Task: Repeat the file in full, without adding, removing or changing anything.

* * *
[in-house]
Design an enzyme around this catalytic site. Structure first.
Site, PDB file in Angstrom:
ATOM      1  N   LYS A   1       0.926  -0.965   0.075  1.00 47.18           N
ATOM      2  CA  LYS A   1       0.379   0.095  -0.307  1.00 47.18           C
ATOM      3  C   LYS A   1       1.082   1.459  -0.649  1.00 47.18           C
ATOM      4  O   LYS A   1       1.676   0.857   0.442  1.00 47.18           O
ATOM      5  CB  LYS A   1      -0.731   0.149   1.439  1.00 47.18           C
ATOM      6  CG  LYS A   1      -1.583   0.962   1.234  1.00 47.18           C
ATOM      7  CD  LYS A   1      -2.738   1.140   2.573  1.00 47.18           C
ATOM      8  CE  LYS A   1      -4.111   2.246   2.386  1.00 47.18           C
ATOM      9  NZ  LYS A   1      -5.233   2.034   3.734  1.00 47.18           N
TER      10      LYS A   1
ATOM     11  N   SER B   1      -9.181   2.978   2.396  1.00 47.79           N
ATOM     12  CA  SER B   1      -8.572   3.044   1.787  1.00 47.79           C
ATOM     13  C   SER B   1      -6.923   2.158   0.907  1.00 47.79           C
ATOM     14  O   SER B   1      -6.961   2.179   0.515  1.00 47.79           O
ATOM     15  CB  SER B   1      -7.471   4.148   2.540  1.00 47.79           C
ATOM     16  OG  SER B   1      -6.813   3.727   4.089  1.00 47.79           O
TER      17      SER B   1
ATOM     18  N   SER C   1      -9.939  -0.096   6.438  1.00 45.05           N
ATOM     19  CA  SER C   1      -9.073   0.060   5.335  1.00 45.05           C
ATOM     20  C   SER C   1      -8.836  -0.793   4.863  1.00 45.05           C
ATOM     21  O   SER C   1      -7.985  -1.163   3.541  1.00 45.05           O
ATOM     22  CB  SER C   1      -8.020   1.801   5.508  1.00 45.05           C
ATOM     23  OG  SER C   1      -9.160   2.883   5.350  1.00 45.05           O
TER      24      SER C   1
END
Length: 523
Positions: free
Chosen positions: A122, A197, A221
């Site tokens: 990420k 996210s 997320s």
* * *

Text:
[in-house]
Design an enzyme around this catalytic site. Structure first.
Site, PDB file in Angstrom:
ATOM      1  N   LYS A   1       0.926  -0.965   0.075  1.00 47.18           N
ATOM      2  CA  LYS A   1       0.379   0.095  -0.307  1.00 47.18           C
ATOM      3  C   LYS A   1       1.082   1.459  -0.649  1.00 47.18           C
ATOM      4  O   LYS A   1       1.676   0.857   0.442  1.00 47.18           O
ATOM      5  CB  LYS A   1      -0.731   0.149   1.439  1.00 47.18           C
ATOM      6  CG  LYS A   1      -1.583   0.962   1.234  1.00 47.18           C
ATOM      7  CD  LYS A   1      -2.738   1.140   2.573  1.00 47.18           C
ATOM      8  CE  LYS A   1      -4.111   2.246   2.386  1.00 47.18           C
ATOM      9  NZ  LYS A   1      -5.233   2.034   3.734  1.00 47.18           N
TER      10      LYS A   1
ATOM     11  N   SER B   1      -9.181   2.978   2.396  1.00 47.79           N
ATOM     12  CA  SER B   1      -8.572   3.044   1.787  1.00 47.79           C
ATOM     13  C   SER B   1      -6.923   2.158   0.907  1.00 47.79           C
ATOM     14  O   SER B   1      -6.961   2.179   0.515  1.00 47.79           O
ATOM     15  CB  SER B   1      -7.471   4.148   2.540  1.00 47.79           C
ATOM     16  OG  SER B   1      -6.813   3.727   4.089  1.00 47.79           O
TER      17      SER B   1
ATOM     18  N   SER C   1      -9.939  -0.096   6.438  1.00 45.05           N
ATOM     19  CA  SER C   1      -9.073   0.060   5.335  1.00 45.05           C
ATOM     20  C   SER C   1      -8.836  -0.793   4.863  1.00 45.05           C
ATOM     21  O   SER C   1      -7.985  -1.163   3.541  1.00 45.05           O
ATOM     22  CB  SER C   1      -8.020   1.801   5.508  1.00 45.05           C
ATOM     23  OG  SER C   1      -9.160   2.883   5.350  1.00 45.05           O
TER      24      SER C   1
END
Length: 523
Positions: free
Chosen positions: A122, A197, A221
């Site tokens: 990420k 996210s 997320s």